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Many of us think they can help others. Can they really do it? One is helped if he is able to help himself; others can only contribute in the process that empowers him to help himself. When we think we can help others and decide to do it, we often disrupt and destabilize the processes that empower them to help themselves.

The pride we have in our ability and our actions guided by such pride that we perform with intentions of helping others destabilize the process through which one is helped. It is never the awareness in a teacher about his own knowledge that helps his students to gain knowledge. It is only the thirst of knowledge the teacher has that inspires his students to make efforts for gaining knowledge.
One’s pride needs constant nurturing. The one who is proud of his ability to help others, at best, succeeds in making all those he intends to help dependent on him. That is how he nurtures his pride, knowingly or unknowingly. It is a different matter that some are demonstrative about their pride and a few others relish the taste of pride alone.

It is not difficult to realize that pride and patience are arch enemies. It is a common knowledge that our abilities are limited. It is also a common knowledge that we do not always achieve what we want to achieve. We can learn, we can acquire abilities, we can try again and again after rectifying our mistakes; but we can never be sure of succeeding in all our efforts. If we link our success with our pride, we would always be running a risk of hurting our pride and would become impatient. Larger our pride is, more impatient would we be. Impatience spoils the best of the shows. The mischievous duo of pride and impatience definitely disrupts the process that helps one to improve upon his position.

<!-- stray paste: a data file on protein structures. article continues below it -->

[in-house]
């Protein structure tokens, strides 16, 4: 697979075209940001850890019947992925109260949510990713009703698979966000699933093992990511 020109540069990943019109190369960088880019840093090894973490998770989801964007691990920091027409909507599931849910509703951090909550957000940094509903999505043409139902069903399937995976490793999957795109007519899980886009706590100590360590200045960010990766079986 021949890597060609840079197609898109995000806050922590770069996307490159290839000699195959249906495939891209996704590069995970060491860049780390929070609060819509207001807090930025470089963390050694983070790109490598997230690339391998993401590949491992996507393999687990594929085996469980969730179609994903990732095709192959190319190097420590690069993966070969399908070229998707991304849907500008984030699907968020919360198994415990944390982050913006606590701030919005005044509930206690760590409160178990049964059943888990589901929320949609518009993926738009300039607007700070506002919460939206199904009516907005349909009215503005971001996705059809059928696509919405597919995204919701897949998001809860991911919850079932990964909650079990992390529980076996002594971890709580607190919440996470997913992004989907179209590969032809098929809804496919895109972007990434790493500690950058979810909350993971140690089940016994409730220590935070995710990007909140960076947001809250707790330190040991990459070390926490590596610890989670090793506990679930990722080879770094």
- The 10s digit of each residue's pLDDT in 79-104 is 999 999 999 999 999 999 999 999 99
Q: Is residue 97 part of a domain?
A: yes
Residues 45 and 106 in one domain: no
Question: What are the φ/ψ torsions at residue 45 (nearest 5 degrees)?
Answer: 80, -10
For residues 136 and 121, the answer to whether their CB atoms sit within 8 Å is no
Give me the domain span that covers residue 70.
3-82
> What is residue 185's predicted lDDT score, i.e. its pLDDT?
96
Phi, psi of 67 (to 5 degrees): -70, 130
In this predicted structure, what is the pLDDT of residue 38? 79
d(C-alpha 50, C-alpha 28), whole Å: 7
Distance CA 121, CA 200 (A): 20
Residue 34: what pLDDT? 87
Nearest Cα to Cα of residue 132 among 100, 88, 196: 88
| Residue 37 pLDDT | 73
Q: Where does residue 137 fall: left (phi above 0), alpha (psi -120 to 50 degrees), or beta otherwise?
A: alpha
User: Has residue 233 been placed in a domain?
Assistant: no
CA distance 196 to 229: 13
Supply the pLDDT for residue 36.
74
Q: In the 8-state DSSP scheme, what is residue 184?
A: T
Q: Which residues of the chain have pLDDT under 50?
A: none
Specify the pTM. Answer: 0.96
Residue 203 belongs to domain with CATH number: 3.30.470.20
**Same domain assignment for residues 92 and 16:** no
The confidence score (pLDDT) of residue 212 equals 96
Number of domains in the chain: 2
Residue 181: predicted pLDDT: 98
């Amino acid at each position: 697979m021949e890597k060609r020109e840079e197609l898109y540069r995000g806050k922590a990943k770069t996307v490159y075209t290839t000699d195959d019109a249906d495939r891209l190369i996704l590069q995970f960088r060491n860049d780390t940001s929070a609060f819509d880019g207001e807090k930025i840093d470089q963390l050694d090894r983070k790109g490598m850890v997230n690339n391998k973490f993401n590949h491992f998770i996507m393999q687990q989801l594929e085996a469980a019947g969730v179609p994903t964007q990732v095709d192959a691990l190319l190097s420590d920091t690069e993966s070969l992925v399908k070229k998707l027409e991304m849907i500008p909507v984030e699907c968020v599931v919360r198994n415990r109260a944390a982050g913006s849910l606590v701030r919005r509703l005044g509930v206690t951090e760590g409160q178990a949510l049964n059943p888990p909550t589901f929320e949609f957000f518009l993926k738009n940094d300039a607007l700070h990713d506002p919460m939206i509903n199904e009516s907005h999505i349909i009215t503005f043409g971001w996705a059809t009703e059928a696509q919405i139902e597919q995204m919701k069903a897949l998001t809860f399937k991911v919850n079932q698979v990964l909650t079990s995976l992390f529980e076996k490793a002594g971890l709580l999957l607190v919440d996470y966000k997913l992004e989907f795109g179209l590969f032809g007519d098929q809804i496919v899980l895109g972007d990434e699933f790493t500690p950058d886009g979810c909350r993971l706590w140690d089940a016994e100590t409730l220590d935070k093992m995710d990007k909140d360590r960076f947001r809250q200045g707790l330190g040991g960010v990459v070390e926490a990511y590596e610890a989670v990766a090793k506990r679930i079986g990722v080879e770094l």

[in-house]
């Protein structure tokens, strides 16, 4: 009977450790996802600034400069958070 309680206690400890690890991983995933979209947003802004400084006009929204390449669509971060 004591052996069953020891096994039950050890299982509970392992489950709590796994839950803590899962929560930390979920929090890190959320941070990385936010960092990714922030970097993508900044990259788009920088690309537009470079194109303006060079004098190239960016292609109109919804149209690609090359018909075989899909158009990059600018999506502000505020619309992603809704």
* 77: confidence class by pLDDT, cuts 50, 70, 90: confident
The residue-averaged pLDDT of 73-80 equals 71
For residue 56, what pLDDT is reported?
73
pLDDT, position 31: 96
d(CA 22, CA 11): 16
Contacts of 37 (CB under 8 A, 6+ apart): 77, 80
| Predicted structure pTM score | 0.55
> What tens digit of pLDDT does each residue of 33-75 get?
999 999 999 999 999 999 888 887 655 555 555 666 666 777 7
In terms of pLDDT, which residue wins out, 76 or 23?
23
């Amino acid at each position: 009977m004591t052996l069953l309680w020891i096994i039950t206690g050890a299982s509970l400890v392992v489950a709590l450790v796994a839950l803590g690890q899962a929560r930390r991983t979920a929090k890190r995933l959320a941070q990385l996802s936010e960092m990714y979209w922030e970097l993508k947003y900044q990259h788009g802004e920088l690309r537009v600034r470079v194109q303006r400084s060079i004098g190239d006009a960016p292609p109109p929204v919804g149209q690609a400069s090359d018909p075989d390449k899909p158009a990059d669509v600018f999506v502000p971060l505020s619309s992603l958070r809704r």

We human beings can’t become ‘doers’. This realization helps us in getting rid of our pride. We must make tenacious efforts to acquire the quality of patience. We must genuinely wish others well. Thinking about the welfare of the others is critical to our efforts; self-centeredness is an open invitation to pride and impatience. This, no doubt, is a tall order, but that is something, we all can, perhaps, strive for. For, if we are able to achieve this, we will not become obstacles to one’s process of helping himself. We need not even think about the right action. Most people believe that only He (the God) is the ‘doer’. And this belief is more or less innocent as long as it does not dissuade us from doing our duty. If He wants, the right action may happen through us; but, only if we do not cause any hindrance to any process that elevates one.

We can’t help others; at best, we can help ourselves.

There is nothing philosophical, religious or spiritual behind this thought. It is only going deep into what is going on inside us and outside us with an enlarged vision. If we think in terms of a few months or a few years, or in terms of a few people we will arrive at erroneous conclusions. We have to think about the lifetimes of many to realize the poisonous character of pride and impatience. All the processes of learning, thinking, practicing what has been learned, reviewing and rectifying one’s mistakes etc., must go on. If they are forsaken, all the theories and practices regarding growth, action, ‘doer-ship’, pride and patience become meaningless.

All of us need help; hence we need to help ourselves.

PROMOD KUMAR SHARMA
[The writer of this blog is also the author of “Mahatma A Scientist of the Intuitively Obvious” and “In Search of Our Wonderful Words”.]

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